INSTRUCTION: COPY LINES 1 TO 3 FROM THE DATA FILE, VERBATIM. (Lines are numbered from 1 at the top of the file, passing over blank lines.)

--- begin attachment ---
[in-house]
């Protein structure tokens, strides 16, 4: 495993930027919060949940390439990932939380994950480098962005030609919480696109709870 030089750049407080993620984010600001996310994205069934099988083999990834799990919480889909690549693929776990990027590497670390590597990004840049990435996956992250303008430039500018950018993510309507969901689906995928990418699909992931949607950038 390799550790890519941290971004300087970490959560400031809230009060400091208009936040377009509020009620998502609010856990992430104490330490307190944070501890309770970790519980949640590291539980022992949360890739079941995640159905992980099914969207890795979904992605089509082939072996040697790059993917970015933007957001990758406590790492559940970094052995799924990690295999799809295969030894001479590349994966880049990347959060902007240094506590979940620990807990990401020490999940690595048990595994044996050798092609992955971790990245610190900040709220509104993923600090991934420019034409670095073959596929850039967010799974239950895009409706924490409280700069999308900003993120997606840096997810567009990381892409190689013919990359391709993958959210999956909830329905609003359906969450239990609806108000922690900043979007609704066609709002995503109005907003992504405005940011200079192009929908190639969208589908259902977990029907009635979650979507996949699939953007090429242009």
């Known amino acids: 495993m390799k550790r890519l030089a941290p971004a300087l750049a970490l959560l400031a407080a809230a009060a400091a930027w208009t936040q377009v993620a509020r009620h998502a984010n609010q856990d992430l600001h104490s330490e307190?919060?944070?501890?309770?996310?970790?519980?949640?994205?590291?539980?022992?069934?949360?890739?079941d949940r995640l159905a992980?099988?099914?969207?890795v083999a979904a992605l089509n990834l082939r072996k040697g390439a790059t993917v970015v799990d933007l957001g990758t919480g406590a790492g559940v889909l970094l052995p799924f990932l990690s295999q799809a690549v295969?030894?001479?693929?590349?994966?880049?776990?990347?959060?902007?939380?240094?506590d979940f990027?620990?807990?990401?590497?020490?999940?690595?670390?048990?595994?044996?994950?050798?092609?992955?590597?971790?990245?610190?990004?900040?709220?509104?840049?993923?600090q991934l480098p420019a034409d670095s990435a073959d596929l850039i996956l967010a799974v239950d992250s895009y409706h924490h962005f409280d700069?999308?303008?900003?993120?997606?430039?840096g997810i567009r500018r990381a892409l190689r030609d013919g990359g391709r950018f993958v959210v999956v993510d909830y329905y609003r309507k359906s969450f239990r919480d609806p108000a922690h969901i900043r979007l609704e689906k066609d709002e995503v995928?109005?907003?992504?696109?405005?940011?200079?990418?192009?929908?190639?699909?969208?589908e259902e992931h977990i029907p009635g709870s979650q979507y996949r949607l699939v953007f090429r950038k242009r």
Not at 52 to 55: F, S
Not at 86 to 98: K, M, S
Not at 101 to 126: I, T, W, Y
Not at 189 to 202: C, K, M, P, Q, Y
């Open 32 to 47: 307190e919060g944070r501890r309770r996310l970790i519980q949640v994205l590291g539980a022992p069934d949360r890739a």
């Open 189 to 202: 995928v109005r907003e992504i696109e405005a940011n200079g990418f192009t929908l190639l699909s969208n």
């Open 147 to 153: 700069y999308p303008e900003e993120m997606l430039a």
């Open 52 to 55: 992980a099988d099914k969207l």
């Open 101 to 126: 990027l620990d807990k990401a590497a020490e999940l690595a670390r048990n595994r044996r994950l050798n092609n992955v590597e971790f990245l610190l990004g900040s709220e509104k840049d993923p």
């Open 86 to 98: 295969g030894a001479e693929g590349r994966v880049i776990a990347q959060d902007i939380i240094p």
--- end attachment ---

[in-house]
């Protein structure tokens, strides 16, 4: 495993930027919060949940390439990932939380994950480098962005030609919480696109709870 030089750049407080993620984010600001996310994205069934099988083999990834799990919480889909690549693929776990990027590497670390590597990004840049990435996956992250303008430039500018950018993510309507969901689906995928990418699909992931949607950038 390799550790890519941290971004300087970490959560400031809230009060400091208009936040377009509020009620998502609010856990992430104490330490307190944070501890309770970790519980949640590291539980022992949360890739079941995640159905992980099914969207890795979904992605089509082939072996040697790059993917970015933007957001990758406590790492559940970094052995799924990690295999799809295969030894001479590349994966880049990347959060902007240094506590979940620990807990990401020490999940690595048990595994044996050798092609992955971790990245610190900040709220509104993923600090991934420019034409670095073959596929850039967010799974239950895009409706924490409280700069999308900003993120997606840096997810567009990381892409190689013919990359391709993958959210999956909830329905609003359906969450239990609806108000922690900043979007609704066609709002995503109005907003992504405005940011200079192009929908190639969208589908259902977990029907009635979650979507996949699939953007090429242009």
């Known amino acids: 495993m390799k550790r890519l030089a941290p971004a300087l750049a970490l959560l400031a407080a809230a009060a400091a930027w208009t936040q377009v993620a509020r009620h998502a984010n609010q856990d992430l600001h104490s330490e307190?919060?944070?501890?309770?996310?970790?519980?949640?994205?590291?539980?022992?069934?949360?890739?079941d949940r995640l159905a992980?099988?099914?969207?890795v083999a979904a992605l089509n990834l082939r072996k040697g390439a790059t993917v970015v799990d933007l957001g990758t919480g406590a790492g559940v889909l970094l052995p799924f990932l990690s295999q799809a690549v295969?030894?001479?693929?590349?994966?880049?776990?990347?959060?902007?939380?240094?506590d979940f990027?620990?807990?990401?590497?020490?999940?690595?670390?048990?595994?044996?994950?050798?092609?992955?590597?971790?990245?610190?990004?900040?709220?509104?840049?993923?600090q991934l480098p420019a034409d670095s990435a073959d596929l850039i996956l967010a799974v239950d992250s895009y409706h924490h962005f409280d700069?999308?303008?900003?993120?997606?430039?840096g997810i567009r500018r990381a892409l190689r030609d013919g990359g391709r950018f993958v959210v999956v993510d909830y329905y609003r309507k359906s969450f239990r919480d609806p108000a922690h969901i900043r979007l609704e689906k066609d709002e995503v995928?109005?907003?992504?696109?405005?940011?200079?990418?192009?929908?190639?699909?969208?589908e259902e992931h977990i029907p009635g709870s979650q979507y996949r949607l699939v953007f090429r950038k242009r």